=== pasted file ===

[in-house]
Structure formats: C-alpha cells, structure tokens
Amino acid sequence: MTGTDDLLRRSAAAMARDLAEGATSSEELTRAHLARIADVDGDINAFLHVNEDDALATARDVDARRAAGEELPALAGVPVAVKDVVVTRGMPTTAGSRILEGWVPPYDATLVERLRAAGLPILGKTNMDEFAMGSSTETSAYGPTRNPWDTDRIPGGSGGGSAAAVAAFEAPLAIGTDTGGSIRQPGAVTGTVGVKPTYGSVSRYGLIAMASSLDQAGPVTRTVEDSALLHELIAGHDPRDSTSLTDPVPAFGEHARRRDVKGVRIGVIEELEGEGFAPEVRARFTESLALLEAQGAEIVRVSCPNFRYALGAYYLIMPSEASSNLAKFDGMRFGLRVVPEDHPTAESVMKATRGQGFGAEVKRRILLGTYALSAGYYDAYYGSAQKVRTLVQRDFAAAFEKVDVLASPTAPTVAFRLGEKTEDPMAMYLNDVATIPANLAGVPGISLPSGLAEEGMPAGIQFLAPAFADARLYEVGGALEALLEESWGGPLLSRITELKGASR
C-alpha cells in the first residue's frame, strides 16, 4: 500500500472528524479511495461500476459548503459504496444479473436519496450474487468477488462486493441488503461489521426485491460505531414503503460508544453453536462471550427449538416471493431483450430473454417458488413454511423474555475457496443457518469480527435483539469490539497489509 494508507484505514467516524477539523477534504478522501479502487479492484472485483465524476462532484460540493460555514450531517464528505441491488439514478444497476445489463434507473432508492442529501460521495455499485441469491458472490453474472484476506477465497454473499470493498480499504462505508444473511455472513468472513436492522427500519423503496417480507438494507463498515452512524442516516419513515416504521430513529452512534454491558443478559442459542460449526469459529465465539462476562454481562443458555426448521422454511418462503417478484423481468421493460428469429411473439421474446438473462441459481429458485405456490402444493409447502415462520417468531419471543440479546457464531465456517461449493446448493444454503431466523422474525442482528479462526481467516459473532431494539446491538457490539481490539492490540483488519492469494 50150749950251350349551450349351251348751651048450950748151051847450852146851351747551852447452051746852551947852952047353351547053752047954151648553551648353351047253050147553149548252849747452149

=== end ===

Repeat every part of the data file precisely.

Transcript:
[in-house]
Structure formats: C-alpha cells, structure tokens
Amino acid sequence: MTGTDDLLRRSAAAMARDLAEGATSSEELTRAHLARIADVDGDINAFLHVNEDDALATARDVDARRAAGEELPALAGVPVAVKDVVVTRGMPTTAGSRILEGWVPPYDATLVERLRAAGLPILGKTNMDEFAMGSSTETSAYGPTRNPWDTDRIPGGSGGGSAAAVAAFEAPLAIGTDTGGSIRQPGAVTGTVGVKPTYGSVSRYGLIAMASSLDQAGPVTRTVEDSALLHELIAGHDPRDSTSLTDPVPAFGEHARRRDVKGVRIGVIEELEGEGFAPEVRARFTESLALLEAQGAEIVRVSCPNFRYALGAYYLIMPSEASSNLAKFDGMRFGLRVVPEDHPTAESVMKATRGQGFGAEVKRRILLGTYALSAGYYDAYYGSAQKVRTLVQRDFAAAFEKVDVLASPTAPTVAFRLGEKTEDPMAMYLNDVATIPANLAGVPGISLPSGLAEEGMPAGIQFLAPAFADARLYEVGGALEALLEESWGGPLLSRITELKGASR
C-alpha cells in the first residue's frame, strides 16, 4: 500500500472528524479511495461500476459548503459504496444479473436519496450474487468477488462486493441488503461489521426485491460505531414503503460508544453453536462471550427449538416471493431483450430473454417458488413454511423474555475457496443457518469480527435483539469490539497489509 494508507484505514467516524477539523477534504478522501479502487479492484472485483465524476462532484460540493460555514450531517464528505441491488439514478444497476445489463434507473432508492442529501460521495455499485441469491458472490453474472484476506477465497454473499470493498480499504462505508444473511455472513468472513436492522427500519423503496417480507438494507463498515452512524442516516419513515416504521430513529452512534454491558443478559442459542460449526469459529465465539462476562454481562443458555426448521422454511418462503417478484423481468421493460428469429411473439421474446438473462441459481429458485405456490402444493409447502415462520417468531419471543440479546457464531465456517461449493446448493444454503431466523422474525442482528479462526481467516459473532431494539446491538457490539481490539492490540483488519492469494 50150749950251350349551450349351251348751651048450950748151051847450852146851351747551852447452051746852551947852952047353351547053752047954151648553551648353351047253050147553149548252849747452149